It soon was clear that Ross’ speculative remarks associating the killer with the Tea Party were in error. ABC News offered an apology — an apology that raised important unanswered questions:

“An earlier ABC News broadcast report suggested that a Jim Holmes of a Colorado Tea Party organization might be the suspect, but that report was incorrect. ABC News and Brian Ross apologize for the mistake, and for disseminating that information before it was properly vetted.”

But how did that happen? How did Ross — a veteran television reporter whose ABC biography unabashedly declares him “one of the most honored and respected journalists in the country” — come to disseminate “information before it was properly vetted”?

ABC’s apology didn’t say.

It may have been that Ross was excessively eager to be first in reporting a linkage to a conservative political movement. He may have been unable to restrain his ideological inclinations. He may have been misled by a producer.

Whatever the reason, his error on a television program that attracts 4.5 million viewers was inexcusable — and eminently preventable.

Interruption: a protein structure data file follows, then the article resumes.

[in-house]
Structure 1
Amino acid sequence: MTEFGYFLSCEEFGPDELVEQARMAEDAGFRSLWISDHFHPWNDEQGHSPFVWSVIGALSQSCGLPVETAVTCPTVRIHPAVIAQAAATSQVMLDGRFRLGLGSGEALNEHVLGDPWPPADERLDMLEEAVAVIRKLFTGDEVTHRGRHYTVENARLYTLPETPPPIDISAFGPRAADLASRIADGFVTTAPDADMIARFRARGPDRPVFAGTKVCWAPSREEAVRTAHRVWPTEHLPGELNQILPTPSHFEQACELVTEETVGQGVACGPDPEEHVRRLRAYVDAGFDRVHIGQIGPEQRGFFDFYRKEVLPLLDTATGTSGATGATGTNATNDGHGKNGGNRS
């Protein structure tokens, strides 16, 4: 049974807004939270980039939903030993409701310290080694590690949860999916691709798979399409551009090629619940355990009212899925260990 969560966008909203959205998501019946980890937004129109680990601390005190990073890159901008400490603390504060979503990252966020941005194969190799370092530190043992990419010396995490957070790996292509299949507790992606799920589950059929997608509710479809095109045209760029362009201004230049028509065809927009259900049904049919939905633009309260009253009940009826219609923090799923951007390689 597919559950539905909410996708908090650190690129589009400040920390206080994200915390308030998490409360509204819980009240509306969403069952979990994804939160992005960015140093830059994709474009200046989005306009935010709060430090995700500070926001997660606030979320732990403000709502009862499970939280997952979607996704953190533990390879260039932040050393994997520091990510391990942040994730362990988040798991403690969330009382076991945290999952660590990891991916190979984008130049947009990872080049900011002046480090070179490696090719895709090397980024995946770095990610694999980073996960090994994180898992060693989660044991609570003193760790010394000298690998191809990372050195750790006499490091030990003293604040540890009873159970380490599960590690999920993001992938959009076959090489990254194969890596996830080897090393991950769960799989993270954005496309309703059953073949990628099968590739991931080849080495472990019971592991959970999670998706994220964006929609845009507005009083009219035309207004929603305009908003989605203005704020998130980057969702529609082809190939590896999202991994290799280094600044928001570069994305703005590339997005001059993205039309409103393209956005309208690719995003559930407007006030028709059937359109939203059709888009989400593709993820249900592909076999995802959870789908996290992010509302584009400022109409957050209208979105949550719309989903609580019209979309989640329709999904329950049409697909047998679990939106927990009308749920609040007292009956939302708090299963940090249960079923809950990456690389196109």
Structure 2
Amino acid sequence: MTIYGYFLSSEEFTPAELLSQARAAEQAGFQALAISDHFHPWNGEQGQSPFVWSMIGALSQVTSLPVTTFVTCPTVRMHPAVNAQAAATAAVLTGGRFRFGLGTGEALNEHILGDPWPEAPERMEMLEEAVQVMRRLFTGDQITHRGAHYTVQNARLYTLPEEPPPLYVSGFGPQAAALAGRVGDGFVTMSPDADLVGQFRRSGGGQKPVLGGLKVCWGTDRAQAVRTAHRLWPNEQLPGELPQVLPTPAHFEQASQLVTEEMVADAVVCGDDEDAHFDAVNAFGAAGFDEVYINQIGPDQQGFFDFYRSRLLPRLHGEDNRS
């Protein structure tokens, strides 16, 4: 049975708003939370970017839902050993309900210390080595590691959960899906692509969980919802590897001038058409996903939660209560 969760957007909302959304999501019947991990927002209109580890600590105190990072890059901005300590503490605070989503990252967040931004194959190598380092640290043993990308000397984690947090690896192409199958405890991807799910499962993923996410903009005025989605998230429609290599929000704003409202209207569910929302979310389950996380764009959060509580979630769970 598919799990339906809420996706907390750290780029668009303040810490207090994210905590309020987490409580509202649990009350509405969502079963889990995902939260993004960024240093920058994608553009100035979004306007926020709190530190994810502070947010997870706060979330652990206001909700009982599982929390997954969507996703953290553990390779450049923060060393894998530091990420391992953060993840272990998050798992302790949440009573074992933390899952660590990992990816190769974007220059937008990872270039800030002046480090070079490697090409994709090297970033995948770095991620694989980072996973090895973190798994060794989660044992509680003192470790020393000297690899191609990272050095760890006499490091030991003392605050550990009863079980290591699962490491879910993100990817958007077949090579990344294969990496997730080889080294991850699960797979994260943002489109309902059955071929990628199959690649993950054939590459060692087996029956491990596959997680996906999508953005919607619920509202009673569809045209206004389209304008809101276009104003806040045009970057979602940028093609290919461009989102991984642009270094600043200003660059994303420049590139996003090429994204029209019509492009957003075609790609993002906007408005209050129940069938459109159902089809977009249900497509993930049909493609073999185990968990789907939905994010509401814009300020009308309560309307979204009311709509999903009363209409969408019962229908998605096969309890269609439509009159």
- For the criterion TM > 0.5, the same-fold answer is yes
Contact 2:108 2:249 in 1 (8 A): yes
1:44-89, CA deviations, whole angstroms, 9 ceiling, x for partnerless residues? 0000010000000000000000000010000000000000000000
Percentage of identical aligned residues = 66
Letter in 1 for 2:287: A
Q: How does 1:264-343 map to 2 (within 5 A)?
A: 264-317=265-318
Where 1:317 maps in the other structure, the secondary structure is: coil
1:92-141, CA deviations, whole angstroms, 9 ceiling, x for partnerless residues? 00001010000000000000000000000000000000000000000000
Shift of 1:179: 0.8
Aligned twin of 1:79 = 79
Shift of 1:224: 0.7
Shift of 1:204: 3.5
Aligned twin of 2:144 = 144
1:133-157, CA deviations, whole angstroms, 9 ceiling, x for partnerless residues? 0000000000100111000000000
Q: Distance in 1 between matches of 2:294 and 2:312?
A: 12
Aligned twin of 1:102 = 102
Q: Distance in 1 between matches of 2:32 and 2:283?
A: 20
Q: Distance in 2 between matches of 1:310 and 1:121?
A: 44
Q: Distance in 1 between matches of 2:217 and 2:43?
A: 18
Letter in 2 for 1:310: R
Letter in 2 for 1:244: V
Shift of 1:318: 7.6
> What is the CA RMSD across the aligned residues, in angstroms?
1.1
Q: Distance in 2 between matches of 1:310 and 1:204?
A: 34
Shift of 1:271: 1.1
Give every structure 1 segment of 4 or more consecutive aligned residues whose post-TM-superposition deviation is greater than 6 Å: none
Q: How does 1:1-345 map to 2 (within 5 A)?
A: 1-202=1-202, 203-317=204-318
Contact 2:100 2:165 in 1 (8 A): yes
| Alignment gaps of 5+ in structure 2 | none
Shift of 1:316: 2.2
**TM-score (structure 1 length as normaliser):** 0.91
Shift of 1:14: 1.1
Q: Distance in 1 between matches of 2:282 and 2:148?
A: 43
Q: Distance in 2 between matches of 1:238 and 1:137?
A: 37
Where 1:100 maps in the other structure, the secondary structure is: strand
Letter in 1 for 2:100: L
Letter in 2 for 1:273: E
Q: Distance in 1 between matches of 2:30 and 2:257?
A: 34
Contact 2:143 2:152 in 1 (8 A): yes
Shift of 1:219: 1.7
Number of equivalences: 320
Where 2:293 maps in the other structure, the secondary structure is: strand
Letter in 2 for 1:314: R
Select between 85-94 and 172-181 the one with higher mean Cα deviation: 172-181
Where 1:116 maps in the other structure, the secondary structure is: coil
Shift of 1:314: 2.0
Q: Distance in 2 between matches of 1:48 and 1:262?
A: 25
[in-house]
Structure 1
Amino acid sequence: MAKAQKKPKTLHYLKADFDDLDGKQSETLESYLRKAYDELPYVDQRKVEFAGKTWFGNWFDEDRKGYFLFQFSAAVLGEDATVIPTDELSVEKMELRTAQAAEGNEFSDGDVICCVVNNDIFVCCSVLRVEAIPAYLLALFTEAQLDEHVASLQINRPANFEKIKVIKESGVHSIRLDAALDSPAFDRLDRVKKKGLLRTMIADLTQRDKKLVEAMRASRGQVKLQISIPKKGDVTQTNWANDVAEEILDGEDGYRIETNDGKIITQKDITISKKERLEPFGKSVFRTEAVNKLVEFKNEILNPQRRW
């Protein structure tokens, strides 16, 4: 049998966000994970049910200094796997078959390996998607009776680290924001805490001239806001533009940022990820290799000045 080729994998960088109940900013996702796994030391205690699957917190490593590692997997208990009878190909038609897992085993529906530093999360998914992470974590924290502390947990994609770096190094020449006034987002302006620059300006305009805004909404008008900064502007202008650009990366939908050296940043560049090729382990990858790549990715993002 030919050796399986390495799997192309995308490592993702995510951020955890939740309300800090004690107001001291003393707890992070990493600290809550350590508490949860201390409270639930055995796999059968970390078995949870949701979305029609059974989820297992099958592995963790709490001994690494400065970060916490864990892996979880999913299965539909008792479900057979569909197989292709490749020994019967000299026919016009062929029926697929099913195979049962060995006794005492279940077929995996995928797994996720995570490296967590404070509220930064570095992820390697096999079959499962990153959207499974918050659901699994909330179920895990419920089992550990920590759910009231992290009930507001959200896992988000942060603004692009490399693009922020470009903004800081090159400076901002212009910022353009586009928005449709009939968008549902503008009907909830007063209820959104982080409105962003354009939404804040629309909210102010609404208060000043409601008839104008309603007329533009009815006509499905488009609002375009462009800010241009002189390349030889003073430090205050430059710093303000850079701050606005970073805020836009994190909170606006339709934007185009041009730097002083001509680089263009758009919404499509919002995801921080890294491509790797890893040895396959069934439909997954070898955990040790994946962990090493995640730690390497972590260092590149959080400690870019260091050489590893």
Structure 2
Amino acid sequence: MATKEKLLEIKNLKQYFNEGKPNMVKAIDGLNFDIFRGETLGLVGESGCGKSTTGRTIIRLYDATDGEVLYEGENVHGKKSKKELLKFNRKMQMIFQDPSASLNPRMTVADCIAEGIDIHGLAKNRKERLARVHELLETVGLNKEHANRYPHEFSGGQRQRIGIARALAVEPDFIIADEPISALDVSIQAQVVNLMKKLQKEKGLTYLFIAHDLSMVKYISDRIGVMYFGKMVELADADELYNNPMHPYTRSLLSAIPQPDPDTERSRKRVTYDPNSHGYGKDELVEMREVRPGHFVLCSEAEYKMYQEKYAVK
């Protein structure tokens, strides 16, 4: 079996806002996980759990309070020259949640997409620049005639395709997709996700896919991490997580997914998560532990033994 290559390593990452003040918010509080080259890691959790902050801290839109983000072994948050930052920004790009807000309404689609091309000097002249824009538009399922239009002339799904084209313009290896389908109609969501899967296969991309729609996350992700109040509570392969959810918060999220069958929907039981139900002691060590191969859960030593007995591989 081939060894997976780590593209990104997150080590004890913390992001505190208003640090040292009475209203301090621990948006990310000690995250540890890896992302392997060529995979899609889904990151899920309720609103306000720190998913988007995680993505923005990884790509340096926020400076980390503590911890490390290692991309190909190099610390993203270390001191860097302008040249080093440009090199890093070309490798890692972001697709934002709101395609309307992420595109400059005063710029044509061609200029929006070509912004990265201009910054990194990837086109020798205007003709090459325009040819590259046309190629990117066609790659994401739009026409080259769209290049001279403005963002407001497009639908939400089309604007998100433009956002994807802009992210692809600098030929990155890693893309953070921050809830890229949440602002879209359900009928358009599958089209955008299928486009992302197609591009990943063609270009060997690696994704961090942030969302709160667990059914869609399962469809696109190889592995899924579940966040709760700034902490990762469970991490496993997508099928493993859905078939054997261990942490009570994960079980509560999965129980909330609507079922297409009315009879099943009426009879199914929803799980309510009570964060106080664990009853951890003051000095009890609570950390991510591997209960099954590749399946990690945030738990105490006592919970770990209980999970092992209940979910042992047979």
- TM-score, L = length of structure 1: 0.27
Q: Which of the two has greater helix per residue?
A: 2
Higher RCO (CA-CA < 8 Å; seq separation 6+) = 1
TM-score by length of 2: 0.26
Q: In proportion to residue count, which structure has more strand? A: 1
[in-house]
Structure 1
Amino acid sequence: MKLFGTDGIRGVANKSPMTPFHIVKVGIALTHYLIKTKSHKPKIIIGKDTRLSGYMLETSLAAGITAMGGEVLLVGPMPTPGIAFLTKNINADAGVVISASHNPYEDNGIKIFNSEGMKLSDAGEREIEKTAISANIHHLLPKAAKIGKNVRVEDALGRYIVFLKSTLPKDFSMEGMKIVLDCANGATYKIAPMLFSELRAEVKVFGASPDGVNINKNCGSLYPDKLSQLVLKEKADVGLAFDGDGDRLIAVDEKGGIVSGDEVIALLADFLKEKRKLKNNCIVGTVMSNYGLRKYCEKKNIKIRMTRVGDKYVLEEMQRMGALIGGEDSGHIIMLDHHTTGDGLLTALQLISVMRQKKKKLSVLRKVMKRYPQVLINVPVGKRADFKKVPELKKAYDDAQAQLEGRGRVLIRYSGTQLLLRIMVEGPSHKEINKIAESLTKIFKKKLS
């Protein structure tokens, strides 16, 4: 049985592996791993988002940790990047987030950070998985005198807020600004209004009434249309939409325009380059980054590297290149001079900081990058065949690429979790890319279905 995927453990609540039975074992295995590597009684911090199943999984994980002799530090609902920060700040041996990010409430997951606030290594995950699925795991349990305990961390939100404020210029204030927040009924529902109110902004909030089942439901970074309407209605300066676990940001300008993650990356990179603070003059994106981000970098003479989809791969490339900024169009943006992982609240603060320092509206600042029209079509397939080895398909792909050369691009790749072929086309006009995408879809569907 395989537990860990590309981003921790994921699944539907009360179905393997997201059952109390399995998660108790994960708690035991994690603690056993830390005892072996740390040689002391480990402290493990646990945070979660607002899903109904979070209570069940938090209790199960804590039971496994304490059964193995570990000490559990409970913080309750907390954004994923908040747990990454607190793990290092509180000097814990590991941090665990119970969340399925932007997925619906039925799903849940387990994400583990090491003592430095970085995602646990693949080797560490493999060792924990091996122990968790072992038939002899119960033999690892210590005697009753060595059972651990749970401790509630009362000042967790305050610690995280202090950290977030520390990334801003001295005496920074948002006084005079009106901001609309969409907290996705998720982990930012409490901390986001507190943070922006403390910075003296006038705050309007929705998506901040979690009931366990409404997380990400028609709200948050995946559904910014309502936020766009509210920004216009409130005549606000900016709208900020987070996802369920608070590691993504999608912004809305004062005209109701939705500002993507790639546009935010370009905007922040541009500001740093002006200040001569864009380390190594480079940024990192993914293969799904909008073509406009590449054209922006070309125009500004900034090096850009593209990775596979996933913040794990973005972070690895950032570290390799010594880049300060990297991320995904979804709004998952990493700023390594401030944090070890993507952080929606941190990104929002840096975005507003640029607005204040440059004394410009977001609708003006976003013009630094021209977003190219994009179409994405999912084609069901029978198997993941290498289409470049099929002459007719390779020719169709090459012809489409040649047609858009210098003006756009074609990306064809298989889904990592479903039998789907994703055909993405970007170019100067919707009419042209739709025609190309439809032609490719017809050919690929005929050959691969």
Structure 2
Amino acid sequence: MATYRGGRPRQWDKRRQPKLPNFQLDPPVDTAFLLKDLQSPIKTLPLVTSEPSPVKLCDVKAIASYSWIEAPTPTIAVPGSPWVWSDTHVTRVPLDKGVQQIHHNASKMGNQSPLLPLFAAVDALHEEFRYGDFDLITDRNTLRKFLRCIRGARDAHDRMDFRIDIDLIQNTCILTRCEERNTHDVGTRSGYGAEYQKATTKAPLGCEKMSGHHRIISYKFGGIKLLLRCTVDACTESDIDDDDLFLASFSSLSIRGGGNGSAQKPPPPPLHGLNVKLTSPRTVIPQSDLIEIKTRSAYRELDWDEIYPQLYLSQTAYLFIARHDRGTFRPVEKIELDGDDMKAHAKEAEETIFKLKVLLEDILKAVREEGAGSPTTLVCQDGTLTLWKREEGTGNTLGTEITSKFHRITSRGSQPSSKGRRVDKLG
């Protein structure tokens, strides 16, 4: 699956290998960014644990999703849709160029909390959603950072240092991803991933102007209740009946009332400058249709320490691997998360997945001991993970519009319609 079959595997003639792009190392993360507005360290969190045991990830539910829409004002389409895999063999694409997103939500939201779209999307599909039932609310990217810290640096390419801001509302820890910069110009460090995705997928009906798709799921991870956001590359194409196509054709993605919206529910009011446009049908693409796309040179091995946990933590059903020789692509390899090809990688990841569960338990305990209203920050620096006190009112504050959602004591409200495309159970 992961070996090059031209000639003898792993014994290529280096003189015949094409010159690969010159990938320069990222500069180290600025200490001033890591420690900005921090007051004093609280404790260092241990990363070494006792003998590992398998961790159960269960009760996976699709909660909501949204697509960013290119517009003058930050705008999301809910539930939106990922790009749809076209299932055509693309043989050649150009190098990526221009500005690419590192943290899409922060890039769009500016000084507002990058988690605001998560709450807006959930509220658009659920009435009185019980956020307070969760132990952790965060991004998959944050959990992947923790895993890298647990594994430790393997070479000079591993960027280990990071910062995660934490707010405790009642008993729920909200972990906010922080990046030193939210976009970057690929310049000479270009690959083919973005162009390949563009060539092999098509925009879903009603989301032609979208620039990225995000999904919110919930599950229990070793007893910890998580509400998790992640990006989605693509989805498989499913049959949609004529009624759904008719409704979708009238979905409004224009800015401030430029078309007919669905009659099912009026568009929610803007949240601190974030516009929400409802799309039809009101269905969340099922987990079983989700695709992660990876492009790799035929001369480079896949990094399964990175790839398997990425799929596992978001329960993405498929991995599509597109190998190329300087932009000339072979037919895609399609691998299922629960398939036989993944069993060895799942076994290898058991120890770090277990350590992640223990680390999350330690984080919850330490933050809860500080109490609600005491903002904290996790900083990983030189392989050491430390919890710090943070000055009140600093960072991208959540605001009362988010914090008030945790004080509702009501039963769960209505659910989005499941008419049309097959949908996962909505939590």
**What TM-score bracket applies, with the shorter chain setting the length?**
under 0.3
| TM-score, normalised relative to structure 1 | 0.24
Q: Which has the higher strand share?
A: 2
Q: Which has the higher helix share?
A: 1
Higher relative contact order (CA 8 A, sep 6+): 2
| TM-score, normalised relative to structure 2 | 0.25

In the swirling uncertainty that invariably marks the hours after a disaster, journalists are well-served to show deliberation and restraint, to be mindful that error and distortion often blight the first reports of dramatic events.

I discuss this phenomenon in my latest book, Getting It Wrong, noting that “it is a near-certainty that erroneous reports will circulate in a disaster’s immediate aftermath.”

I also point out in Getting It Wrong:

“By recognizing that implausible rumors and exaggerated casualty tolls almost always are among the first effects of major disasters, journalists may spare themselves considerable embarrassment and their audiences great confusion.”